Also, like the best filmmakers, Ferrara wisely recast many of the same actors in his films. Christopher Walken, Harvey Keitel, Willem Dafoe, Annabella Sciora, Matthew Modine - but also, great character actors like Victor Argo, Paul Calderon and Giancarlo Esposito (Gus Fring!). In short, Abel is a trademark loyalist!



Because of his low-key operation outside of the industry, there are plenty of golden nuggets to be mined from Ferrara's canon. Looking past the not so subtle DRILLER KILLER, his feature debut, I could easily cite movies like FEAR CITY - about a throng of Manhattan strippers being stalked and slaughtered by a murderous maniac...or the little seen avant-garde mob movie THE FUNERAL (which plays backwards chronologically and stars the likes of Benicio Del Toro, Christopher Walken, Chris Penn and Vincent Gallo). I could mention the supremely undervalued BODY SNATCHERS remake he made in 1993, during a time when horror was thought to be third rate at worst, moribund at best. Instead though, I've decided to loft a little love at Ferrara's offbeat 1995 vampire flick THE ADDICTION!

Written by Ferrara's longtime writer, Nicholas St. John, THE ADDICTION stars Lili Taylor, Christopher Walken (as per usual), Annabella Sciora (another Ferrara favorite), Edie Falco and Michael Imperioli (Sopranos anyone!)...in one of the first films to take an intimate look at how one deals with slowly morphing into a blood-thirsty fiend. But of course, vampirism in this case can serve as metaphor for any force - inner or outer - that can subsume your soul and overtake your life. Themes of fate, chance, happenstance, coincidence and of course, addiction - backdrop a gorgeously shot black and white canvas redolent of early German expressionism, a la Murnau's NOSFERATU.

At a brisk 82 minutes, shot in 20 days for a mere $300,000 - THE ADDICTION exemplifies the kind of minimalist, in-the-streets, do-it-yourself aesthetic Ferrara is known for, at the same time, in terms of narrative, completely bucks all convention of the vampire subgenre. The result is a highly credibly, singular and unique movie that deserves to be seen by more than the 46 people who have. Seriously, if you're a Ferrara fan, you'd be wise to cop THE ADDICTION!


Buy MS. 45 here

Departing quite a bit from the dark material he typically plumbs, Ferrara has a new movie in post-production this year called WELCOME TO NEW YORK. Unfortunately, it isn't really all that relevant to us here at AITH, as it deals with the rise and fall of French con-artist and one-time IMF head Dominique Strauss-Khan. Interesting nonetheless, but hardly the kind of thing we'd expect to see from Ferrara. So instead, I think it only makes sense to spotlight a movie of Ferrara's that, while not brand new, is getting a theatrical rerelease in selected U.S. cities from now until February 8th, courtesy of Drafthouse Films (click Here for more). Ladies and gents, that film is the lean, mean, exploitation revenge flick MS. 45!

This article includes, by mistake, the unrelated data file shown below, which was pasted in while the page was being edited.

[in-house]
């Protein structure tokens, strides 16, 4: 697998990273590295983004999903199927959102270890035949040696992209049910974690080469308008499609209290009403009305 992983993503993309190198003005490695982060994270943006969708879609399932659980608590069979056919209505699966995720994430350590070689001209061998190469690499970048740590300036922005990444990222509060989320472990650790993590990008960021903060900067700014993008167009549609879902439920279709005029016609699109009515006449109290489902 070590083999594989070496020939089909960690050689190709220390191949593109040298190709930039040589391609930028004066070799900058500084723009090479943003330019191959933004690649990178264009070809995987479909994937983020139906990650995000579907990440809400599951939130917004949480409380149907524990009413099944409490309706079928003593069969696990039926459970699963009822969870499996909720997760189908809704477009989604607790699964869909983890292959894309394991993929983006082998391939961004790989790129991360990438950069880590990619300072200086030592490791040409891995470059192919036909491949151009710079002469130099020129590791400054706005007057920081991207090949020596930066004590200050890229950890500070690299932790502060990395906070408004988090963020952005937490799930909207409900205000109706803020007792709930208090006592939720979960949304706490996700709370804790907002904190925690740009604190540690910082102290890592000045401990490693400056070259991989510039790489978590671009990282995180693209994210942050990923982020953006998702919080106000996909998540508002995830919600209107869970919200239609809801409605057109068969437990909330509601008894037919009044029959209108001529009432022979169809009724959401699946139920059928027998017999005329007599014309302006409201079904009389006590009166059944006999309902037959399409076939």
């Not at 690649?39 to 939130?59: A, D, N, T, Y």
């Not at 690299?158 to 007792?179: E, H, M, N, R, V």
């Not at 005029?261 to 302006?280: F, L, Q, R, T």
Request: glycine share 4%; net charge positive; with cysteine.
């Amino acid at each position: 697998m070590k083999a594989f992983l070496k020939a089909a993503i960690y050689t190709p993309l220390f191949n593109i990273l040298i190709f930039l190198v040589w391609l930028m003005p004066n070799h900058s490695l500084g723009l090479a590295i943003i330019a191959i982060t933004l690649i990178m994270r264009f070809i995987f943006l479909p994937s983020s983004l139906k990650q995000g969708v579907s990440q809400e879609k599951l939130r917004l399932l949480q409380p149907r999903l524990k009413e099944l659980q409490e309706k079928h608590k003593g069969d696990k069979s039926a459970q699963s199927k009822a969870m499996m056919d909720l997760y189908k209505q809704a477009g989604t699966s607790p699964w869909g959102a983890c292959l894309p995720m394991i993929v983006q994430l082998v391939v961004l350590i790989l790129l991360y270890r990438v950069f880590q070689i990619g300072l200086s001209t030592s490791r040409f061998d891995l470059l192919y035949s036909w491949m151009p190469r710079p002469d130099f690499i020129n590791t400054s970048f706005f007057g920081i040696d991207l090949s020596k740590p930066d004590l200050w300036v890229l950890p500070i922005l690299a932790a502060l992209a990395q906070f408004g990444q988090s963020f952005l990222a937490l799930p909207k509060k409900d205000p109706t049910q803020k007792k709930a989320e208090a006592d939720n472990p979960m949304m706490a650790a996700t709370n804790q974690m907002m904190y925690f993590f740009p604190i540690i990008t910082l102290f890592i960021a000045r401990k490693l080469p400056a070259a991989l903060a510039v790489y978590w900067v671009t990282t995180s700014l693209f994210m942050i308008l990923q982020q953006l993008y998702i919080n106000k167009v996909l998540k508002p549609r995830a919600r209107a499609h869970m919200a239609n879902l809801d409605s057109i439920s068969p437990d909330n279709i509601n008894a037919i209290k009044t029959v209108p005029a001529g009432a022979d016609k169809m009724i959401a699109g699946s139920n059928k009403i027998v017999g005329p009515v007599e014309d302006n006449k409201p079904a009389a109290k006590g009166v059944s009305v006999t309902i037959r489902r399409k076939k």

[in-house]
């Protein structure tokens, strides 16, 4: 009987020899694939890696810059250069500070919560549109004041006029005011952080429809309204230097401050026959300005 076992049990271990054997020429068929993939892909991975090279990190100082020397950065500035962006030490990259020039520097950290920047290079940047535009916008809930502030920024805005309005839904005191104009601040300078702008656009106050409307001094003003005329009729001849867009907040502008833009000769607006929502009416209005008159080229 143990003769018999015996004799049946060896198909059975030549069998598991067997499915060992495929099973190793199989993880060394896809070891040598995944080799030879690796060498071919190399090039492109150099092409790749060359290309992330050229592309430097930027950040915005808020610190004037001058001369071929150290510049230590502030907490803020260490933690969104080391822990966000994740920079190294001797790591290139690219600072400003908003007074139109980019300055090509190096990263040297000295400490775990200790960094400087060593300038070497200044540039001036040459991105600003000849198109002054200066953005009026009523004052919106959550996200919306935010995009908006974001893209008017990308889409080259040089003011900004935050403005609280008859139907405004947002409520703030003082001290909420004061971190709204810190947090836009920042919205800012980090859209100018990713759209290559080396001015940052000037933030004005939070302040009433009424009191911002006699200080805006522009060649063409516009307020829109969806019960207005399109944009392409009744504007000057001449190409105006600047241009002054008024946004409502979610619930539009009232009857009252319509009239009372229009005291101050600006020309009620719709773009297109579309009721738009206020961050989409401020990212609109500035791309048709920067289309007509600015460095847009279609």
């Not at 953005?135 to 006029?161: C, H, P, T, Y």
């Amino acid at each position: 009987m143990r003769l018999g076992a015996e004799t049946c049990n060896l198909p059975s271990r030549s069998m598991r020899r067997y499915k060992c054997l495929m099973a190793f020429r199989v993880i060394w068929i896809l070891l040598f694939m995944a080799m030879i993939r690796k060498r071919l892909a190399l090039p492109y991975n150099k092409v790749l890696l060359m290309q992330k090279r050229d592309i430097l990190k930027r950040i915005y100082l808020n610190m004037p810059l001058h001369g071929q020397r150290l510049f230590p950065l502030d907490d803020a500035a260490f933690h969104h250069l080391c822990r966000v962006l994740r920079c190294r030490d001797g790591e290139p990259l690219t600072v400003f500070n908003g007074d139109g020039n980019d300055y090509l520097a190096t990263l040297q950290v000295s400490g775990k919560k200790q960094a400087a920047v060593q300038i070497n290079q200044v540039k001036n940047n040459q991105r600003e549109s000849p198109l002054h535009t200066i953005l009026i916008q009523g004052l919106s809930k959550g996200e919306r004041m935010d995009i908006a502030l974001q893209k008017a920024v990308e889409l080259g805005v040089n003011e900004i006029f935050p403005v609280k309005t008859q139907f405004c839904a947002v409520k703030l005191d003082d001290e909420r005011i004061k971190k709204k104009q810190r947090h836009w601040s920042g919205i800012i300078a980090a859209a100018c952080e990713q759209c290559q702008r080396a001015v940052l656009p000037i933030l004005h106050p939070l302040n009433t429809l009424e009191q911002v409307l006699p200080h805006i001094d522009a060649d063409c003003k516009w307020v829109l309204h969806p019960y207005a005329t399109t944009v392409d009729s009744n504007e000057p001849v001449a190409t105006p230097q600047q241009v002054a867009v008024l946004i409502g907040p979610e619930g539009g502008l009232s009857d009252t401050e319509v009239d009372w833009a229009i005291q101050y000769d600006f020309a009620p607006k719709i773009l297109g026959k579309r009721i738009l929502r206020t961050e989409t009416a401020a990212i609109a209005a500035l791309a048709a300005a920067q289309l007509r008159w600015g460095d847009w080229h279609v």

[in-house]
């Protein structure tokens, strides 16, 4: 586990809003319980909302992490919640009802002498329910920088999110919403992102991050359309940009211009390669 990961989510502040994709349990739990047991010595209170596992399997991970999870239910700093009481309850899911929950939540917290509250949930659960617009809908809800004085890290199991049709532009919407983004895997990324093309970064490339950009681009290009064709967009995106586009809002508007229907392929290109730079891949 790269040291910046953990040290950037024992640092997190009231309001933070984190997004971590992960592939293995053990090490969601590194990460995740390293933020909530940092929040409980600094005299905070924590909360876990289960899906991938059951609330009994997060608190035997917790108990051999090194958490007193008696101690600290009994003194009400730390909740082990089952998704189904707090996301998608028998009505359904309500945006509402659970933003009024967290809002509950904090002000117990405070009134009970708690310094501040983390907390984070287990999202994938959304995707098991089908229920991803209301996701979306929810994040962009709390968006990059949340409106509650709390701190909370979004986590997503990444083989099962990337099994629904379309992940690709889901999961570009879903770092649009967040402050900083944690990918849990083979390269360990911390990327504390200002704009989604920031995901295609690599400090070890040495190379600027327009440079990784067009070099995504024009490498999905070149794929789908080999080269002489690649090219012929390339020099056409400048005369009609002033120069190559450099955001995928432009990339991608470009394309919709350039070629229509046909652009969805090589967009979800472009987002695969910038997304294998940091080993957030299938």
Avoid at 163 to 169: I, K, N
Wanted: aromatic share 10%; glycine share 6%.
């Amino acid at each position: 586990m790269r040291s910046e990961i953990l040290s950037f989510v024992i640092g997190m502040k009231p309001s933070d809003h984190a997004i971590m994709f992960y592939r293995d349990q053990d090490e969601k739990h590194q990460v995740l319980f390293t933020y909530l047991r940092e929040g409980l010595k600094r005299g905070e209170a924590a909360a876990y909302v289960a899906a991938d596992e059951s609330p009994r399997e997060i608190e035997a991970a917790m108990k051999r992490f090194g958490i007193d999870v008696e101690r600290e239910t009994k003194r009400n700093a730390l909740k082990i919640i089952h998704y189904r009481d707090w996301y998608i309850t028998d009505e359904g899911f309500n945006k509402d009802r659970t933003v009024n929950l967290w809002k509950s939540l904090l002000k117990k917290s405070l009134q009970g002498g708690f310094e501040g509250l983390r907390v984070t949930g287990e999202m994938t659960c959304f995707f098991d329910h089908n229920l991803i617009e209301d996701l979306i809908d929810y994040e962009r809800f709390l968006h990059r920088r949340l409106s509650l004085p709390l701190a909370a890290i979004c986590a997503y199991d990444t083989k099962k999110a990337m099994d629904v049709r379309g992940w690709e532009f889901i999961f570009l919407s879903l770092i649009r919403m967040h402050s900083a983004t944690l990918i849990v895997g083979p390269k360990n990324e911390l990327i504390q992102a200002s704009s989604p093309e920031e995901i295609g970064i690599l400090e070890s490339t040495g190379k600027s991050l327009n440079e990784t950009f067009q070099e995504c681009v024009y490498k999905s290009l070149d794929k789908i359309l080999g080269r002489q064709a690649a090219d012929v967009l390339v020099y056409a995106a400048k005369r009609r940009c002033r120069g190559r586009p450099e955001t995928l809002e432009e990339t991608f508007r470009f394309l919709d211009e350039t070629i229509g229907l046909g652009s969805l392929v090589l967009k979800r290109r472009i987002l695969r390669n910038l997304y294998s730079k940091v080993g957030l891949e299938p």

The setup is simple. After being sexually assaulted twice in one day (by two different perps), a mute seamstress working in NY's garment district takes vigilant matters into her own hands...along with her trusty 45mm handgun! The chick snaps, and takes to the streets as a weird sort of feminine superhero...skulking and stalking the sleaziest crannies of the city and laying waste to any presumptive pervert she may run into. She doesn't even think twice...if a dude appears threatening toward a female...Ms. 45 is lifting the steel, taking aim and letting the heat flare! Rated NC-17 upon initial release, MS. 45 has all the vintage Ferrara touches...the grittiness, the griminess, the low-budget, the independence, the authentic NY milieu, and of course, the seedy and sordid characters.

In addition, MS. 45 marks the first of many collaborations between Ferrara and his star Zoe Lund (who actually co-wrote BAD LIEUTENANT), a young ingénue who sadly fell victim to a drug overdose in 1999. She was just 37. Hopefully, with the rerelease of MS. 45, a whole new generation of audience will get to discover Lund just as they do Ferrara!

MS. 45 hits DVD & Blu-ray uncut for the first time in North America later this year.




Buy FEAR CITY here

Here's the best and most respectful way I can sum up Abel Ferrara's career. When the dude passes away, someone should simply blast Frank Sinatra's "My Way" over an endless loop of scenes from THE DRILLER KILLER, FEAR CITY, MS. 45, KING OF NEW YORK, BAD LIEUTENANT, BODY SNATCHERS, THE ADDICTION, THE FUNERAL and probably a handful of others. Seriously, there's no higher compliment to bestowed upon a filmmaker. Abel Ferrara operated on his own accord, made movies in reflection of the way HE saw the world, not some soulless, bottom-line-minded studio exec, and gave us some of the most unflinchingly realistic crime/horror movies we've ever seen. As a genuine fan, I'll always remember the sobering and  sympathetic look at the depraved and downtrodden in his films, and the human spirit he time and time again captured so brilliantly. I proudly rock a 1990 KING OF NEW YORK poster on my bedroom wall!

Extra Tidbit: What's your favorite Ferrara flick? Mine's a toss-up between BAD LIEUTENANT and KING OF NEW YORK!